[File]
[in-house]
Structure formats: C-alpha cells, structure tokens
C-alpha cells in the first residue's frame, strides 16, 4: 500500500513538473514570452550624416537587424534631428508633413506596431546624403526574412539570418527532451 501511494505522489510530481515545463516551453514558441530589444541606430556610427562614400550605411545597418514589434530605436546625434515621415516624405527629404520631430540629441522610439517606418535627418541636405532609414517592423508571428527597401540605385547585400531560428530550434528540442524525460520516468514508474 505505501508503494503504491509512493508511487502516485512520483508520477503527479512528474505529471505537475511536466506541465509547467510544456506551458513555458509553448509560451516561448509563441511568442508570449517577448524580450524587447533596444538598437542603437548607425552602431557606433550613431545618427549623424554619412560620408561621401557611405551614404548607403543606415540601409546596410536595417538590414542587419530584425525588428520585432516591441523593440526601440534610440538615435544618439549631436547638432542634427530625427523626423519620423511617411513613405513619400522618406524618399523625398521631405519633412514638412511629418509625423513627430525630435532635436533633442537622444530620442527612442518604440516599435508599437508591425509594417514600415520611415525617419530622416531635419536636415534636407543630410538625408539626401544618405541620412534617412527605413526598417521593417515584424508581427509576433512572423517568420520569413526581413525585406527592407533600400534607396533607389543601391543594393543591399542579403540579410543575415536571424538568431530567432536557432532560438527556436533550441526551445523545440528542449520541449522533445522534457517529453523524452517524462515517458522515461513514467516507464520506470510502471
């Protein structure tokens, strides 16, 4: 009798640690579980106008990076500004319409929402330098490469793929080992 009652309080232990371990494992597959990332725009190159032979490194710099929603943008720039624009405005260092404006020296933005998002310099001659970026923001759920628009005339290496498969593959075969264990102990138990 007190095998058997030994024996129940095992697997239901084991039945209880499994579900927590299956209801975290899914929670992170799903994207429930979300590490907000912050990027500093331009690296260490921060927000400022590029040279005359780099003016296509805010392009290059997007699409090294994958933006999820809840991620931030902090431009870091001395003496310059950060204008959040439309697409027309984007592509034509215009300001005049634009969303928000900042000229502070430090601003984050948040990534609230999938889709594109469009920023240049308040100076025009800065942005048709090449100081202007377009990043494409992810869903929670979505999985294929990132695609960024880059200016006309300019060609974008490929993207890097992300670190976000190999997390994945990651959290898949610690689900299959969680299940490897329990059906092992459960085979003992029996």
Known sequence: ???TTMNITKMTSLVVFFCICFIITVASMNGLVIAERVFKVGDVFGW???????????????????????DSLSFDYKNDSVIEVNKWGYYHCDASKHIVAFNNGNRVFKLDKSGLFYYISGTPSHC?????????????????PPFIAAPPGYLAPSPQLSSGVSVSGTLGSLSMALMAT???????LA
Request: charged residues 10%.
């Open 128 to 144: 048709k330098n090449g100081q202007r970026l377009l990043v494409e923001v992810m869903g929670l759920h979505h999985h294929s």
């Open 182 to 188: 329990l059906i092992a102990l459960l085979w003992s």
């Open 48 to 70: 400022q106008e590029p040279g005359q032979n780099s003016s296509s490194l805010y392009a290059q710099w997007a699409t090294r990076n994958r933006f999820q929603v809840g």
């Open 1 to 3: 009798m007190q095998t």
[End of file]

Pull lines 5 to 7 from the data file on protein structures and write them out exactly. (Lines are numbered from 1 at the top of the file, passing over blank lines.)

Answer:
Known sequence: ???TTMNITKMTSLVVFFCICFIITVASMNGLVIAERVFKVGDVFGW???????????????????????DSLSFDYKNDSVIEVNKWGYYHCDASKHIVAFNNGNRVFKLDKSGLFYYISGTPSHC?????????????????PPFIAAPPGYLAPSPQLSSGVSVSGTLGSLSMALMAT???????LA
Request: charged residues 10%.
């Open 128 to 144: 048709k330098n090449g100081q202007r970026l377009l990043v494409e923001v992810m869903g929670l759920h979505h999985h294929s």